(Submarine No. 52: dp. 1,107 (n.) (surf.), 1,482 (subm.); 1. 268'9"; b. 22'10"; dr. 14'2" (mean); s. 20 k. (surf.), 10.5 k. (subm.); cpl. 38; a. 6 21" tt., 2 3"; cl. AA-1)
Schley (Submarine No. 52) was laid down on 21 June 1916 at the Fore River Shipbuilding Co. yard in Quincy, Mass., by the Electric Boat Co. of New York; renamed AA-1 on 23 August 1917 to free the name Schley for Destroyer No. 103; launched on 25 July 1918; sponsored by Mrs. Lilian Hovey-King; and commissioned on 30 January 1920 at Boston, Mass., Lt. Comdr, James Parker, Jr., in command.
AA-1 was one of three boats designed and constructed under a project charged with developing fleet submarines; that is, undersea boats possessing the sea-keeping qualities and endurance capability required for long-range operations, as scouts for the surface fleet. On 17 July 1920, while the submarine was being fitted-out, the Navy adopted its modern system of alpha-numeric hull numbers, and the fleet submarine was designated SF-1. On 20 September, she was renamed T-l. Thus, by the time she began active service that fall, she was known as T-l (SF-1).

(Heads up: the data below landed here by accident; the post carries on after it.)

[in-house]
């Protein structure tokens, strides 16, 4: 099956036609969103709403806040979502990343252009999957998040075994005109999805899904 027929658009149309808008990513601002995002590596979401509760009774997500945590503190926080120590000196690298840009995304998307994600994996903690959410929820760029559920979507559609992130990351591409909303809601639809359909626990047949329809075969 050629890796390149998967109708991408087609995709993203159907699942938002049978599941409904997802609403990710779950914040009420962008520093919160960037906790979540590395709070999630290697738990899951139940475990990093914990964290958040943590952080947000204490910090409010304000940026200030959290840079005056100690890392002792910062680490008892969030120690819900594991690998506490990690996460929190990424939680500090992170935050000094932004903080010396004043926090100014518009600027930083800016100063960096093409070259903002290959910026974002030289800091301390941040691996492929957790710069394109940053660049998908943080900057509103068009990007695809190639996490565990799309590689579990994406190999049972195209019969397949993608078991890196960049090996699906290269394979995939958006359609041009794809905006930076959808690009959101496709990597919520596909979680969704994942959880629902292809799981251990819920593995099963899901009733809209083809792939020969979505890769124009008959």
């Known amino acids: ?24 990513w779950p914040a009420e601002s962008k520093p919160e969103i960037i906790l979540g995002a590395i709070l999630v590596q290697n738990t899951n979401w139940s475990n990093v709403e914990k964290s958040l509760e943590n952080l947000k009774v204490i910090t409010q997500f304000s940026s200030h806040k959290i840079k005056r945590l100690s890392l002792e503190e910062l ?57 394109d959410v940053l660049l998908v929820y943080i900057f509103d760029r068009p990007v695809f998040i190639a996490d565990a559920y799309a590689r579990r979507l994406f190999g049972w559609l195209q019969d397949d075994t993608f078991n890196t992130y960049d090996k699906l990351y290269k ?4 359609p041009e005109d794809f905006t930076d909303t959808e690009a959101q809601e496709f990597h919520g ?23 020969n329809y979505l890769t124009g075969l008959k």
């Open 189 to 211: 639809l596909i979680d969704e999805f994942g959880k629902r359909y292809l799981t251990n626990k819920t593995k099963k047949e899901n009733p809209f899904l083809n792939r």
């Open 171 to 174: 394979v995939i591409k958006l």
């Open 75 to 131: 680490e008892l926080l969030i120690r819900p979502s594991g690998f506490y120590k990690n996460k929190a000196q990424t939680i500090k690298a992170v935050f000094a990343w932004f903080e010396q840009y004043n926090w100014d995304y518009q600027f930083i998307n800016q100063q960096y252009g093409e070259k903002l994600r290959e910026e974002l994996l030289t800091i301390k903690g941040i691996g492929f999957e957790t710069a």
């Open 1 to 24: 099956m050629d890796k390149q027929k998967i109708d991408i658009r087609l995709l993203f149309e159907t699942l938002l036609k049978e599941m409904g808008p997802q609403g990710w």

T-l's commissioned service lasted less than three years. She operated out of Hampton Roads, Va., training crews and conducting maneuvers along the east coast with other units of the Atlantic Fleet. Throughout the entire period, she remained a unit of Submarine Division 15. However, during her service, flaws in her design and construction—particularly in her propulsion plant—became apparent. On 5 December 1922, T-l was placed out of commission and laid up at the Submarine Base, Hampton Roads, Va. Later, she was moved to Philadelphia, Pa. After almost eight years of inactivity, her name was struck from the Navy list on 19 September 1930. Her hulk was broken up, and the materials were sold for scrap on 20 November 1930.